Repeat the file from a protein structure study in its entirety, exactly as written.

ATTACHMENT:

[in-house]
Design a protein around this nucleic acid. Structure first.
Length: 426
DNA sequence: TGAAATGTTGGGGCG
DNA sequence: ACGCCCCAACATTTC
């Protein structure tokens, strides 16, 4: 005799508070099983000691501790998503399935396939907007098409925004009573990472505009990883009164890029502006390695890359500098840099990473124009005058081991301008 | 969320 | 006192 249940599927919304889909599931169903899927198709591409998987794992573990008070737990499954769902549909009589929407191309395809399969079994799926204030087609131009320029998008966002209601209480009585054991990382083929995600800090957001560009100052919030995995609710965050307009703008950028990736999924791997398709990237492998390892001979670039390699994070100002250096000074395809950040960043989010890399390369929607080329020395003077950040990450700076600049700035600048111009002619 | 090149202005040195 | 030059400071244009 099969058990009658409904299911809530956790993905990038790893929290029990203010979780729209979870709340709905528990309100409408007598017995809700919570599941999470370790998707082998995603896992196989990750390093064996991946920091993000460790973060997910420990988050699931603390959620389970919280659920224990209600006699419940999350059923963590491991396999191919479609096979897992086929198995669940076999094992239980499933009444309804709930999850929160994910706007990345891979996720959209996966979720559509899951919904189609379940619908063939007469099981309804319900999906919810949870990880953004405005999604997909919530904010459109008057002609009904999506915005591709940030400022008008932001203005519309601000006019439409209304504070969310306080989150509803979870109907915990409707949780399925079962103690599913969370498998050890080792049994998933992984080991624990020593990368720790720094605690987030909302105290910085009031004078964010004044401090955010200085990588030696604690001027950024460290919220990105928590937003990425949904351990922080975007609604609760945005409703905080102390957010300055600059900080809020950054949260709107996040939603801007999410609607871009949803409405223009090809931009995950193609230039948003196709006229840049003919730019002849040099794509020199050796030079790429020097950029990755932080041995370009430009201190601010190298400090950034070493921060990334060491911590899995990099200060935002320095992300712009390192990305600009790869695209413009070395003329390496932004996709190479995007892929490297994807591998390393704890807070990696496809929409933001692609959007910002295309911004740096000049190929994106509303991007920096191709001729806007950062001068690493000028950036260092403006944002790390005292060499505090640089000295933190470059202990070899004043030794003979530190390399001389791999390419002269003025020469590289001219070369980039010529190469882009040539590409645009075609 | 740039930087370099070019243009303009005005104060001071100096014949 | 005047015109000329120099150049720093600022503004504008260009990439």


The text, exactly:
[in-house]
Design a protein around this nucleic acid. Structure first.
Length: 426
DNA sequence: TGAAATGTTGGGGCG
DNA sequence: ACGCCCCAACATTTC
């Protein structure tokens, strides 16, 4: 005799508070099983000691501790998503399935396939907007098409925004009573990472505009990883009164890029502006390695890359500098840099990473124009005058081991301008 | 969320 | 006192 249940599927919304889909599931169903899927198709591409998987794992573990008070737990499954769902549909009589929407191309395809399969079994799926204030087609131009320029998008966002209601209480009585054991990382083929995600800090957001560009100052919030995995609710965050307009703008950028990736999924791997398709990237492998390892001979670039390699994070100002250096000074395809950040960043989010890399390369929607080329020395003077950040990450700076600049700035600048111009002619 | 090149202005040195 | 030059400071244009 099969058990009658409904299911809530956790993905990038790893929290029990203010979780729209979870709340709905528990309100409408007598017995809700919570599941999470370790998707082998995603896992196989990750390093064996991946920091993000460790973060997910420990988050699931603390959620389970919280659920224990209600006699419940999350059923963590491991396999191919479609096979897992086929198995669940076999094992239980499933009444309804709930999850929160994910706007990345891979996720959209996966979720559509899951919904189609379940619908063939007469099981309804319900999906919810949870990880953004405005999604997909919530904010459109008057002609009904999506915005591709940030400022008008932001203005519309601000006019439409209304504070969310306080989150509803979870109907915990409707949780399925079962103690599913969370498998050890080792049994998933992984080991624990020593990368720790720094605690987030909302105290910085009031004078964010004044401090955010200085990588030696604690001027950024460290919220990105928590937003990425949904351990922080975007609604609760945005409703905080102390957010300055600059900080809020950054949260709107996040939603801007999410609607871009949803409405223009090809931009995950193609230039948003196709006229840049003919730019002849040099794509020199050796030079790429020097950029990755932080041995370009430009201190601010190298400090950034070493921060990334060491911590899995990099200060935002320095992300712009390192990305600009790869695209413009070395003329390496932004996709190479995007892929490297994807591998390393704890807070990696496809929409933001692609959007910002295309911004740096000049190929994106509303991007920096191709001729806007950062001068690493000028950036260092403006944002790390005292060499505090640089000295933190470059202990070899004043030794003979530190390399001389791999390419002269003025020469590289001219070369980039010529190469882009040539590409645009075609 | 740039930087370099070019243009303009005005104060001071100096014949 | 005047015109000329120099150049720093600022503004504008260009990439």